How to Study for Finals

What time is it? Summer Finals time! So close to summer, yet so far. The only thing keeping your kids from hours of sunshine and beach days are end of the year tests. It can be a stressful time, but we have some study tips for your children and advice for you to keep their spirits up until that final bell rings on the last day of school.

How to Study for Finals - High School Musical GIF


Re-Write Notes

Your children are staring at a notebook full of notes and wondering, where do I begin? By re-writing those notes, that’s where! The task can seem daunting, but, in the process, your children will re-read the class material and recall the lesson. During class, notes are scribbled as fast as hands can write, sometimes messily and with little structure. Re-writing them with multi-colored pens by subject and topic can help organize all of the information and gives your student another chance of understanding the material.


Ah, more writing! Now, your child should take all of those re-written notes and create flashcards by summarizing the key points. It’s hard to judge what your child knows or needs help with by looking at judging from pages of notes, but flashcards make it easy to know what topics your child knows, what they need to brush up on, and what they still need to learn. If you don’t have any index cards or other paper, students can also make flashcards online with sites like Quizlet. Most flashcard building sites will also have a downloadable mobile app so your student can study their online flashcards on the go. It’s always better to write them out on index cards, as online cards also provide more distractions for your student (Facebook, Instagram, the newest mobile game app), but if needed, are a great substitute.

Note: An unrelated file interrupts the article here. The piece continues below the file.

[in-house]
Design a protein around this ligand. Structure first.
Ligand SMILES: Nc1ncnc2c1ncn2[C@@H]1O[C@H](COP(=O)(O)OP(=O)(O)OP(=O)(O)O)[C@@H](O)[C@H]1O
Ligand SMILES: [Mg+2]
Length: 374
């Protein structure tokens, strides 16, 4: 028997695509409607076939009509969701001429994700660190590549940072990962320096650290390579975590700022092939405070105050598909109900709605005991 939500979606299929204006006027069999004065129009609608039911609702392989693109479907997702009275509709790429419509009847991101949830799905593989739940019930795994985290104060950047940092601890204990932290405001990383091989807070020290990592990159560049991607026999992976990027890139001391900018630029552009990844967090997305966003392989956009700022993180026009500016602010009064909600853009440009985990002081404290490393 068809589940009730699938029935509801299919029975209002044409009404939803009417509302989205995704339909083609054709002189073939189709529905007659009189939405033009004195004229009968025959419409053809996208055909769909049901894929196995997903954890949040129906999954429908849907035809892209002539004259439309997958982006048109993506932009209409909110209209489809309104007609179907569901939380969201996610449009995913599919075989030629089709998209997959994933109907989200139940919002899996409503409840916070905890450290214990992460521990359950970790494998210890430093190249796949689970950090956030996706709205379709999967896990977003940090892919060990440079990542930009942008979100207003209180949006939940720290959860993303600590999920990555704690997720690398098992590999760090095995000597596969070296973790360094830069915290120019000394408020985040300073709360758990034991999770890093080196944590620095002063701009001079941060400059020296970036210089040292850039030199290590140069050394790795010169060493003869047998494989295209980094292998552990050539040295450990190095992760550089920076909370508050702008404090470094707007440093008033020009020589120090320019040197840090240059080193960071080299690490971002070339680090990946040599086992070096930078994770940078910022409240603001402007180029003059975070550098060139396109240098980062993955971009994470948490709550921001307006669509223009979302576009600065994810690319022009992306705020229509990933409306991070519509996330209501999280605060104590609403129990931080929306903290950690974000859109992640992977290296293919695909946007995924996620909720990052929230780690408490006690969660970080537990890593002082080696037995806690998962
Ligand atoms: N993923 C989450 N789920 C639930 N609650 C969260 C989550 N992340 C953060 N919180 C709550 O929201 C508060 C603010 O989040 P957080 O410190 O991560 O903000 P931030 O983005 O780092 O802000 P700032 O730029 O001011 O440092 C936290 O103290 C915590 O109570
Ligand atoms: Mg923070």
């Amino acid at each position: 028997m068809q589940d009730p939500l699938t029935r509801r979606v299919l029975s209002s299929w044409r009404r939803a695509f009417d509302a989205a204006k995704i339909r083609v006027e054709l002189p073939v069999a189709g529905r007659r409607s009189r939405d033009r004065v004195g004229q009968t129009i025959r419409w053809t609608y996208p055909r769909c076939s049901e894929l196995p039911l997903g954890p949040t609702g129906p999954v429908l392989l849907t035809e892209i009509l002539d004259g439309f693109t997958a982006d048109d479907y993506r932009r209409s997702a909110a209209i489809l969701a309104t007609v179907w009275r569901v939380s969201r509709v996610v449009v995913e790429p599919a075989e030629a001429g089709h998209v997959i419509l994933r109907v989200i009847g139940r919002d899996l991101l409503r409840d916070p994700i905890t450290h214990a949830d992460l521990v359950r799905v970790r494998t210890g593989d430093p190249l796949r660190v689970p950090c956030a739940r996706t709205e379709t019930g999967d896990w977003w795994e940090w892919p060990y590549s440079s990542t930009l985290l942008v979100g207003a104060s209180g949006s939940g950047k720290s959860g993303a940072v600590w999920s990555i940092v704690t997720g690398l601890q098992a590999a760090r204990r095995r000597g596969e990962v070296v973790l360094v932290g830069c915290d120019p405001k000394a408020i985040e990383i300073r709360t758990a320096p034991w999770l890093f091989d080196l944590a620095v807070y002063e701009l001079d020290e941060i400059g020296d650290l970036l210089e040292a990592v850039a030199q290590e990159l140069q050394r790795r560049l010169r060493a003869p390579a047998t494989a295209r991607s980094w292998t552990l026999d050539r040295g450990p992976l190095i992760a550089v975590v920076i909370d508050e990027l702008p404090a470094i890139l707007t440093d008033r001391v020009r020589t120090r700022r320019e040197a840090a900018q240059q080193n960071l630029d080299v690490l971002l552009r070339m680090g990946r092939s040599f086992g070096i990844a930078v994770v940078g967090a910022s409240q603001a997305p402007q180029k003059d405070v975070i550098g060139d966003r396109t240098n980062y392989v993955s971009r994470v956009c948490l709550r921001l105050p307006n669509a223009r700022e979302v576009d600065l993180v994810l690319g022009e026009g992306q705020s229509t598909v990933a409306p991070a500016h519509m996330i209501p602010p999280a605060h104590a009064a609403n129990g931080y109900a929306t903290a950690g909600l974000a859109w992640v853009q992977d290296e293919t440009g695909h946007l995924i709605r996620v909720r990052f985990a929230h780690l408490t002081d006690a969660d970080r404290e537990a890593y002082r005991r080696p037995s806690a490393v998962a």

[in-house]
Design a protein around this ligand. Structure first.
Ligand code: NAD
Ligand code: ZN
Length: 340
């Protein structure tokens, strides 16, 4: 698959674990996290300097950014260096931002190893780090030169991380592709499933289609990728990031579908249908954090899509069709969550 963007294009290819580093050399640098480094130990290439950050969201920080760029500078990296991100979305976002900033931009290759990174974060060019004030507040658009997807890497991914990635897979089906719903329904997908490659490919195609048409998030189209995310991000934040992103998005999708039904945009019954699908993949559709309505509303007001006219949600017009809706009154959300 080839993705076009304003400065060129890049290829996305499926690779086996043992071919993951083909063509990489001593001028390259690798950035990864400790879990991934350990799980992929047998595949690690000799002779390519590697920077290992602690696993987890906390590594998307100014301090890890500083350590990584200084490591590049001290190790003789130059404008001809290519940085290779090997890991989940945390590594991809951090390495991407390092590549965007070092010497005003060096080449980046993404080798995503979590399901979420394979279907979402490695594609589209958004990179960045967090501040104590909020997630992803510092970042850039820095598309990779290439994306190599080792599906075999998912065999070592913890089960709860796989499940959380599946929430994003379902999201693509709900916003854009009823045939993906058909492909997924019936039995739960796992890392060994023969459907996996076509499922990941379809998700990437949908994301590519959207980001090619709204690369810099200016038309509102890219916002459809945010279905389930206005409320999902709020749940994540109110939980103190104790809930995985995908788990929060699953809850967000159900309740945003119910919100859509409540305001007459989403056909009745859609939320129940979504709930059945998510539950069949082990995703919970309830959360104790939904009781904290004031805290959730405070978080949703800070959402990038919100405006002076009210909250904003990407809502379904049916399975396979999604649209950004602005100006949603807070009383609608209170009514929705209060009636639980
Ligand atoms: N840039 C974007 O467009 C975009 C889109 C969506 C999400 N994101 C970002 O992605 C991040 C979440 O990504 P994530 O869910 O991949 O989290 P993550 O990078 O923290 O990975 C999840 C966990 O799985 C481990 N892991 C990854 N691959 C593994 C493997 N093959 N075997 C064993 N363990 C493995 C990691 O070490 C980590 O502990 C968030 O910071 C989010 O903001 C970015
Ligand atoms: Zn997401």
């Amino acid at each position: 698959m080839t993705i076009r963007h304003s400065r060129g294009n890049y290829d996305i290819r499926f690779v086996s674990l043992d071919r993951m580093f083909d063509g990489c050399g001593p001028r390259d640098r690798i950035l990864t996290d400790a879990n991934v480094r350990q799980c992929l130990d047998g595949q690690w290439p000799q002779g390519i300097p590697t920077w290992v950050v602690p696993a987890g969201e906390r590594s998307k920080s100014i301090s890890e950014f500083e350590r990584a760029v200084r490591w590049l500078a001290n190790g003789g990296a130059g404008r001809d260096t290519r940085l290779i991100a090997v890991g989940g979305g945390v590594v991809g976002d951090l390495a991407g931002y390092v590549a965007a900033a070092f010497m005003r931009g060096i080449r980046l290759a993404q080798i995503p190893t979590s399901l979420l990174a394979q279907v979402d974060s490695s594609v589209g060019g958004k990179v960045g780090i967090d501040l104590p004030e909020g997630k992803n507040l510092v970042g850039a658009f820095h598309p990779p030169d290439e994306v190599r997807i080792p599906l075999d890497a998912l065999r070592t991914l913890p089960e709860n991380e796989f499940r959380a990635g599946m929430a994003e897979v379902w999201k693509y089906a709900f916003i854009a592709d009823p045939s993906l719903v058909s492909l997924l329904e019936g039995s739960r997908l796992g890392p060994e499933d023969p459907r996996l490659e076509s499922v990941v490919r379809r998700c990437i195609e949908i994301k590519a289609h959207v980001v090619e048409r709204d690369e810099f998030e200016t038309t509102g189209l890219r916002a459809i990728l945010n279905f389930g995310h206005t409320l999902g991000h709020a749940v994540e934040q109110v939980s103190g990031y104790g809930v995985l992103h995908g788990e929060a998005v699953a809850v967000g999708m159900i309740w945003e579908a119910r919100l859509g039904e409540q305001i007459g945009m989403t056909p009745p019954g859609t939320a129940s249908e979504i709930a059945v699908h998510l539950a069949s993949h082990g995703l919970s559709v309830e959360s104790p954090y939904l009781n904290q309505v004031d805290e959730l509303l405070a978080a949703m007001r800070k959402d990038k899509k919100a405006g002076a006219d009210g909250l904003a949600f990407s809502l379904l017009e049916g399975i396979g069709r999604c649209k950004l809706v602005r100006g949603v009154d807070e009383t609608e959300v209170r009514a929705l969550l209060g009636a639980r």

Schedule Study Time & Limit Distractions

It’s important that students begin studying well before a test and not at the last minute. This keeps their stress levels down and helps them retain more information than cramming the night before. Encourage your kids to begin blocking out times to study during after school hours and on weekends a few weeks before their tests. If your children like to listen to music during these study times, classical or instrumental genres are ideal to limit distractions. Noise-cancelling headphones can also help keep them focused.

Take Breaks

When studying, remind your children to take breaks. It’s important they give their minds a rest. Have them take a ten-minute social media break or take a short walk together as a family before they get back to work studying. Be sure they’re eating healthy, as well, and not skipping any meals to cram before a test. Encourage them to treat themselves with rewards for particularly long study sessions with a break to watch a TV show or an hour of video games. They need those breaks to recharge and be ready to go for their next test and another day of school.

Get Some Rest!

Make sure your children don’t fall into the trap of studying all night before a test and failing to get any sleep. Sleep is essential in the process of learning new information. A Harvard University study found that the last two hours of sleep in an eight-hour sleep cycle consist of the brain committing new skills into memory. If your child consistently misses those last two hours of sleep, they’re not giving their brain a chance to fully retain the knowledge they’ve gained that day. That’s not to say they won’t learn or remember the information they’ve been studying, but they won’t improve or commit it to memory as quickly as they could with a full eight hours of sleep.

Testing can be stressful for kids, but with the right encouragement, they can begin utilizing these study habits and preparing for tests ahead of time. For more study tips, follow us on Pinterest!



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